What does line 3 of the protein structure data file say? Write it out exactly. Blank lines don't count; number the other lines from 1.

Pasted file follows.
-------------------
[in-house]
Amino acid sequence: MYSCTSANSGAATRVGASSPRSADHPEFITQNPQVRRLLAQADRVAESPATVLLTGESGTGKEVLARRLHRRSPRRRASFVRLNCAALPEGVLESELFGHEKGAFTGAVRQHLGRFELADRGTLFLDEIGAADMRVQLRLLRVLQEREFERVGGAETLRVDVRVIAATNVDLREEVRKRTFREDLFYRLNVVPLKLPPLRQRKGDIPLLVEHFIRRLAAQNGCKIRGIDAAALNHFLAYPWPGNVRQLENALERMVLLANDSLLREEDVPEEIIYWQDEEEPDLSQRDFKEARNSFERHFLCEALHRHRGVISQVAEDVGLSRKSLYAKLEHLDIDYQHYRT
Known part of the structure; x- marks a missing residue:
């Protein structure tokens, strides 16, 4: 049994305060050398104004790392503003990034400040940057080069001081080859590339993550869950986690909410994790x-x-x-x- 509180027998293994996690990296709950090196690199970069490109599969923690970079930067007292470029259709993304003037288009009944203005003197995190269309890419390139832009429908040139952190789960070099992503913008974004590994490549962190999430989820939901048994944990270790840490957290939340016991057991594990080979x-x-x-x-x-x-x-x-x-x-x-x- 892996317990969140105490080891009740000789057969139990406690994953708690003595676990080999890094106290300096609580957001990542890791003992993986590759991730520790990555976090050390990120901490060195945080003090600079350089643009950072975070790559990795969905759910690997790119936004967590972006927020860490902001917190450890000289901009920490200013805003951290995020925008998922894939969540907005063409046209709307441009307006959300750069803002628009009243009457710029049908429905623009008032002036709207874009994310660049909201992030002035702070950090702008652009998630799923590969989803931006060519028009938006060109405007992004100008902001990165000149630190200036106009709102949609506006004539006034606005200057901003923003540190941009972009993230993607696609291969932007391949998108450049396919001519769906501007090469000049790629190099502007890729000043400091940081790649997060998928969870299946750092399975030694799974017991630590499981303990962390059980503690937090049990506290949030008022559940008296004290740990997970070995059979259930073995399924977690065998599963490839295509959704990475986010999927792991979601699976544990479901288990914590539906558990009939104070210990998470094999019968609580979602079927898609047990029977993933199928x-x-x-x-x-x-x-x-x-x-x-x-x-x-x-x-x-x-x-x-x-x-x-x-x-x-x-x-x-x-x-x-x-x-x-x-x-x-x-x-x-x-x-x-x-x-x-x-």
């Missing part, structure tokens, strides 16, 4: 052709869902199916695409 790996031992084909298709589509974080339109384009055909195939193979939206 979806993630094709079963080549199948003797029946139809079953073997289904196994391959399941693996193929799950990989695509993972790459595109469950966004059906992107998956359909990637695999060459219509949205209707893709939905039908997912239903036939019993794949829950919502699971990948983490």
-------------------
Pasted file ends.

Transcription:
Known part of the structure; x- marks a missing residue: